- A – Only A is true. B is the opposite (hypoxemia was less impactful). As for C, the CI for the odds ratio of lung infiltrates includes 1, meaning that it was not statistically significant (which also means that D is wrong).
- E – Vitamin D deficiency is rampant with symptoms including fatigue, muscles aches, and depression, among others. Checking a vitamin D level is also just helpful to make sure we’re treating osteoporosis sufficiently.
- B – Most cases of sinusitis are viral and result in mucosal swelling/edema.
- A –The most common cause of bloody/black nipple discharge is an intraductal papilloma, which can be diagnosed via ductography. That said, in real life, ultrasound is highly user-dependent and most people would probably at least do another targeted ultrasound to try to find the lesion now that there’s new discharge. For one thing, it’s easiest to biopsy a lesion that is seen on ultrasound.
- A – Claudication questions usually hinge on the neurogenic vs PAD angle. This one doesn’t, as it’s clear with his numerous risk factors, med list, absent hair, and symptoms. Initial workup for PAD is ABI. His having palpable pulses doesn’t mean that he doesn’t have significant disease.
- C – The big risk of Marfan’s disease is aortic dissection. Marfan patients often have a so-called “Tulip-bulb” annuloaortic ectasia that predisposes them to Stanford Type A (ascending) dissections involving the aortic root, which are particularly dangerous and require surgical correction.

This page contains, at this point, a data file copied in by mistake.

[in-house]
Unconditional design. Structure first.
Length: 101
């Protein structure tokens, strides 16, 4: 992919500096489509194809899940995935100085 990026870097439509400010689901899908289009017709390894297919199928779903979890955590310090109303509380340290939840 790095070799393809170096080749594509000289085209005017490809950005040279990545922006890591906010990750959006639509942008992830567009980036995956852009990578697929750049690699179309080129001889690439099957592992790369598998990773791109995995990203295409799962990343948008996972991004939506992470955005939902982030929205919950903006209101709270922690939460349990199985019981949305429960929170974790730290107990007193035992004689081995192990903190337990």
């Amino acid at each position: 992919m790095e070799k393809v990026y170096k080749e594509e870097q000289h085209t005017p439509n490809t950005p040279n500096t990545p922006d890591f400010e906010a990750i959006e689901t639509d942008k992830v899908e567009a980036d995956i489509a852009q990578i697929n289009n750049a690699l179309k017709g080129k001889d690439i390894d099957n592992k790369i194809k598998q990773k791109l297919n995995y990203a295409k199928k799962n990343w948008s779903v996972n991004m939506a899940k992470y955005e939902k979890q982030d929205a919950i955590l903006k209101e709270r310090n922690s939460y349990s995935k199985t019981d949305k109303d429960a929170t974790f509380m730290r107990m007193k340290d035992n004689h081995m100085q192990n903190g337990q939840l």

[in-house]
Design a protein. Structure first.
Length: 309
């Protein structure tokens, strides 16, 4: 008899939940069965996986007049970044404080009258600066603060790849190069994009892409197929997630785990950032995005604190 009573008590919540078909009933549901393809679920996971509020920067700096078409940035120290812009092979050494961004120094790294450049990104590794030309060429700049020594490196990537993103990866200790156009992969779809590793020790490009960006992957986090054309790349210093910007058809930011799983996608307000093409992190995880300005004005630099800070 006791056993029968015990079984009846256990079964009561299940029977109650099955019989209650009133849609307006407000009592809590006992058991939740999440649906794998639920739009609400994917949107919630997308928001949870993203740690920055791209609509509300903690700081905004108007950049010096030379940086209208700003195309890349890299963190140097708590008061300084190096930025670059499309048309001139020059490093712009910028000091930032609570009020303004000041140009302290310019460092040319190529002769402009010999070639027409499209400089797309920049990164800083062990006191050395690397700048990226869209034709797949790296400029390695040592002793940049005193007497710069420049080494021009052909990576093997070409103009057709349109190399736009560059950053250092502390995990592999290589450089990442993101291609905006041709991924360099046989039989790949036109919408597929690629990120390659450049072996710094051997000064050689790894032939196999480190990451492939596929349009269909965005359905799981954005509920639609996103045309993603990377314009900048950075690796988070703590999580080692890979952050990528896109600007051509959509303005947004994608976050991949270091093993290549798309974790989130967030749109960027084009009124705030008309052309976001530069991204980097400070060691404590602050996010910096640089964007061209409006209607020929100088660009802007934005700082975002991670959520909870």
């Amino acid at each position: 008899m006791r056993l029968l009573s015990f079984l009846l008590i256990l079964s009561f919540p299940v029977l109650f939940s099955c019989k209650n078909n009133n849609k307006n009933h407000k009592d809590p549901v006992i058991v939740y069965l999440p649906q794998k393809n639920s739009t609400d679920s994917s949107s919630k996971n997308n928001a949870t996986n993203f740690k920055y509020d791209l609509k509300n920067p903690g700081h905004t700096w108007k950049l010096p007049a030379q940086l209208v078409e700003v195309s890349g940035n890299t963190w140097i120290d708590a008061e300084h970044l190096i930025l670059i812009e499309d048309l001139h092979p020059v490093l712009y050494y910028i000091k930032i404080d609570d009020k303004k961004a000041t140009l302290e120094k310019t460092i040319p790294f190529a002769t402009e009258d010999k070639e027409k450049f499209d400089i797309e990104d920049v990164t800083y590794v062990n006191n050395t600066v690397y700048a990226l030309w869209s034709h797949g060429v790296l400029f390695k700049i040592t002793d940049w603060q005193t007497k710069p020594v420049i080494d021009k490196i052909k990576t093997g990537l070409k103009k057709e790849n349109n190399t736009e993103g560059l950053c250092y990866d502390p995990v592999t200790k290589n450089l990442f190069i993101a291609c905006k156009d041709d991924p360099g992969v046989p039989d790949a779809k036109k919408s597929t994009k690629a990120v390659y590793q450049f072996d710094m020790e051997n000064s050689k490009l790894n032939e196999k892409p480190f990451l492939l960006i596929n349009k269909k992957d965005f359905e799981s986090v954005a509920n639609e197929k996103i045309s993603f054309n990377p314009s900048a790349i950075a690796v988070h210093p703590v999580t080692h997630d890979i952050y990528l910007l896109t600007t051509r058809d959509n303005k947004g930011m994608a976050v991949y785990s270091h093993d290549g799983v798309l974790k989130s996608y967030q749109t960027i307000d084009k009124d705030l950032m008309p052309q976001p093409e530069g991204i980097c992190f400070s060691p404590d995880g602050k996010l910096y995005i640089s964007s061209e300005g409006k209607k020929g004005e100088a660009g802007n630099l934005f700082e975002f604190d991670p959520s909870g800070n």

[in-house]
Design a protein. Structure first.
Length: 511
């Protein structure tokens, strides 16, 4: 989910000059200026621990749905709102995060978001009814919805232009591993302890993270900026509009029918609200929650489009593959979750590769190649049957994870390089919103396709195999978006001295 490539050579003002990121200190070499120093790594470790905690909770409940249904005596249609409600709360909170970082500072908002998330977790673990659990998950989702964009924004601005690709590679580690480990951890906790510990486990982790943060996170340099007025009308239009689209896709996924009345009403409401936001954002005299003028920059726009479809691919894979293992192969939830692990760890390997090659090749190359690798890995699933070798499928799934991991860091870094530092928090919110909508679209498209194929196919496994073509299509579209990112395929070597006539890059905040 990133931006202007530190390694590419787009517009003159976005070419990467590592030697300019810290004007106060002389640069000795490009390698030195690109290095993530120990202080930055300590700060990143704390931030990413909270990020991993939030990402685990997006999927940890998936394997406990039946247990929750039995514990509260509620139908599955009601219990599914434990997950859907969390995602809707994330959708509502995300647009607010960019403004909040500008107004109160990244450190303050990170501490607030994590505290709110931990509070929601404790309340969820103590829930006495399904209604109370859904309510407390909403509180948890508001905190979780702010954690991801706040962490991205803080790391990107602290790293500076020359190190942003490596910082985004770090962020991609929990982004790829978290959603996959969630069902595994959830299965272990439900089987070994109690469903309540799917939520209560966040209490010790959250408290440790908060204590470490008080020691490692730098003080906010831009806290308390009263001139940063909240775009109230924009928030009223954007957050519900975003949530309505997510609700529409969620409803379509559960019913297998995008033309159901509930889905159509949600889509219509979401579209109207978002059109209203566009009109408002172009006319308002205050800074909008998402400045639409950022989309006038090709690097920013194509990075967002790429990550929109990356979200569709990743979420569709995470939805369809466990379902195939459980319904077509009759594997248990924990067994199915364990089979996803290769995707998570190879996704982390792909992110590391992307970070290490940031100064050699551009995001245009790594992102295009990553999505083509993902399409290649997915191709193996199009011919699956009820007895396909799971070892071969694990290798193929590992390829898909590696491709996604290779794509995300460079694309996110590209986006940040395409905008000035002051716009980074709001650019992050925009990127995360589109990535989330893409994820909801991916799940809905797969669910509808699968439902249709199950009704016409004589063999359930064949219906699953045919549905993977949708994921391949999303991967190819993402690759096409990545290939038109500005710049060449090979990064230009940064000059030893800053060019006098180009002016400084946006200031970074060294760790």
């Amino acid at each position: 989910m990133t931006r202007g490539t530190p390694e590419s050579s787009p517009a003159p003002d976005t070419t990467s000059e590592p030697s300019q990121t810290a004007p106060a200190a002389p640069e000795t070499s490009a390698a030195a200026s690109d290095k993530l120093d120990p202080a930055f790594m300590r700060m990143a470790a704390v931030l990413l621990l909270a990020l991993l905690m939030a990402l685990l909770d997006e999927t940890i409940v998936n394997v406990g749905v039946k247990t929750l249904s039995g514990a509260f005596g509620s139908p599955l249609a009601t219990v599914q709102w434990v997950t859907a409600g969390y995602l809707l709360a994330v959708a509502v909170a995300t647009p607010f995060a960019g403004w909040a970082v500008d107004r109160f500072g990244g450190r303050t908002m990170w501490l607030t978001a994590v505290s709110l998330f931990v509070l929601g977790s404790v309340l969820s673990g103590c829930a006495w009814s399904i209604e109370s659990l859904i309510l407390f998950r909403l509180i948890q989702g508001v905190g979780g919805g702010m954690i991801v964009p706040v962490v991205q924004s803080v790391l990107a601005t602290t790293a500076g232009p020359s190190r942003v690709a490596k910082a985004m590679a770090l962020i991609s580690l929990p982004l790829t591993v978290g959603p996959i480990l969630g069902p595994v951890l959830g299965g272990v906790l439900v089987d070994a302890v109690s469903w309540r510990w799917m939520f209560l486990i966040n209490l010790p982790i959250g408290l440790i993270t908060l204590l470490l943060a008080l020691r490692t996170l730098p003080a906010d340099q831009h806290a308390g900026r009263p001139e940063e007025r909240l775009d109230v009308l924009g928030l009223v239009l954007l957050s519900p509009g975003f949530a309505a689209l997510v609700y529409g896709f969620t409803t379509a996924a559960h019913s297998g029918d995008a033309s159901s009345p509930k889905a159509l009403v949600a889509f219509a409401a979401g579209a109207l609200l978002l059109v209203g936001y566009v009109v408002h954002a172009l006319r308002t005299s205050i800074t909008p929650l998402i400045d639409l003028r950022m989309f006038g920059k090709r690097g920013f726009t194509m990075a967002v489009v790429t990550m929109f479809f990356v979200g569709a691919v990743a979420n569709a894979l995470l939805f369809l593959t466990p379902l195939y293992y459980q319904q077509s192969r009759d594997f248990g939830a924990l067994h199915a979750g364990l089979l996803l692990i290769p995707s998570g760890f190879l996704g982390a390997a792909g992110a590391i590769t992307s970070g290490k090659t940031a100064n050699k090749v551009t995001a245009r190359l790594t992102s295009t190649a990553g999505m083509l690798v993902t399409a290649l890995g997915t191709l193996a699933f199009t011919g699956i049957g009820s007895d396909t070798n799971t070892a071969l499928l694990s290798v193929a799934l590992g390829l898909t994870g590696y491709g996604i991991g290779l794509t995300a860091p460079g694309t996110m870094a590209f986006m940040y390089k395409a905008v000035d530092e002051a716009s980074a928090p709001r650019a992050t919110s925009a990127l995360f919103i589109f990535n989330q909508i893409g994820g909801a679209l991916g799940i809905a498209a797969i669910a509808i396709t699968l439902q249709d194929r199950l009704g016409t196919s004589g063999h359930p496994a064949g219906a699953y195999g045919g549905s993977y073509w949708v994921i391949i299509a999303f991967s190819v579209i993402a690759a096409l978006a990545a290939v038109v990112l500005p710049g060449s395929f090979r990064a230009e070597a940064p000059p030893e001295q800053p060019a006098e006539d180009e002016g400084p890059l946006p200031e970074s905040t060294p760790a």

- D –They’ve purposefully loaded this one up, but the important diagnosis to exclude would be meningitis, hence the stiff neck. The nonspecific Lhermitte’s sign (the electric shock with neck flexion) is actually classically associated with multiple sclerosis in addition to a host of other spinal cord irritants.
- C – One of those great most likely questions. While PCP/PJP is the classic disease-defining pneumonia of AIDS, the most common PNA in people with HIV is strep pneumo, just like everyone else. Additionally, PJP and TB both typically have a more indolent course.
- D – Liver disease was a contraindication in the drug ad (red box at the end), and the patient has cirrhosis.
- D – The ad shows that all three doses were similar vs placebo. Remember, when in doubt, the exam loves to test the difference between measurable differences (or even statistical significance) and clinical significance.
- A – Tall hairless infertile man = Klinefelter’s. 47 XXY, so you need a karyotype to confirm.
- E – Fever + flank pain + UTI = Pyelonephritis. No further workup is needed for a woman’s first episode of pyelo, despite common ER practice. If she fails treatment, then she’ll need imaging.
- B – Heat stroke. Most people don’t have this problem after playing for a few hours at 95 degrees, but people with CF don’t have well-functioning sweat glands, as you might recall, so they can’t cool efficiently.
- D – The constellation of PCOS is the teenage nightmare of being overweight, hairy, and pimpled (and infertile).